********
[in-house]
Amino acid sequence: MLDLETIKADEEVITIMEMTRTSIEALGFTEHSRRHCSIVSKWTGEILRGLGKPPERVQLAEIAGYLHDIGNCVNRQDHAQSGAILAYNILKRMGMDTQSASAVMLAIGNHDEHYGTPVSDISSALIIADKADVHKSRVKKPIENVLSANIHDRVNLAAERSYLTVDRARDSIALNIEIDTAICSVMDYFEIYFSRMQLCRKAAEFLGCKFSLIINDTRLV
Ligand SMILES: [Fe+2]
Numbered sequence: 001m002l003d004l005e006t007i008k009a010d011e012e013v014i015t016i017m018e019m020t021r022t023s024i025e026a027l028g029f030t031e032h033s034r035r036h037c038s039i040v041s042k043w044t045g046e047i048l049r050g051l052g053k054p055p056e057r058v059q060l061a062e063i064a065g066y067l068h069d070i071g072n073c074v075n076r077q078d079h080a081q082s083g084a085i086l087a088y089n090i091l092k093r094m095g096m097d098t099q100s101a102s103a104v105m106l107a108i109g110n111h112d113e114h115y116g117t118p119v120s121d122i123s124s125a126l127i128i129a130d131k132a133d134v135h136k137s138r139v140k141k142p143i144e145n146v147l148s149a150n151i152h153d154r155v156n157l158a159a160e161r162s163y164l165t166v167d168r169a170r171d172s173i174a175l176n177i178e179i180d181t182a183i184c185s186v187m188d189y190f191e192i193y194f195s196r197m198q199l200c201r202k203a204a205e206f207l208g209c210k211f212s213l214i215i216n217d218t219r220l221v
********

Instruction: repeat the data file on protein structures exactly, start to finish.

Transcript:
[in-house]
Amino acid sequence: MLDLETIKADEEVITIMEMTRTSIEALGFTEHSRRHCSIVSKWTGEILRGLGKPPERVQLAEIAGYLHDIGNCVNRQDHAQSGAILAYNILKRMGMDTQSASAVMLAIGNHDEHYGTPVSDISSALIIADKADVHKSRVKKPIENVLSANIHDRVNLAAERSYLTVDRARDSIALNIEIDTAICSVMDYFEIYFSRMQLCRKAAEFLGCKFSLIINDTRLV
Ligand SMILES: [Fe+2]
Numbered sequence: 001m002l003d004l005e006t007i008k009a010d011e012e013v014i015t016i017m018e019m020t021r022t023s024i025e026a027l028g029f030t031e032h033s034r035r036h037c038s039i040v041s042k043w044t045g046e047i048l049r050g051l052g053k054p055p056e057r058v059q060l061a062e063i064a065g066y067l068h069d070i071g072n073c074v075n076r077q078d079h080a081q082s083g084a085i086l087a088y089n090i091l092k093r094m095g096m097d098t099q100s101a102s103a104v105m106l107a108i109g110n111h112d113e114h115y116g117t118p119v120s121d122i123s124s125a126l127i128i129a130d131k132a133d134v135h136k137s138r139v140k141k142p143i144e145n146v147l148s149a150n151i152h153d154r155v156n157l158a159a160e161r162s163y164l165t166v167d168r169a170r171d172s173i174a175l176n177i178e179i180d181t182a183i184c185s186v187m188d189y190f191e192i193y194f195s196r197m198q199l200c201r202k203a204a205e206f207l208g209c210k211f212s213l214i215i216n217d218t219r220l221v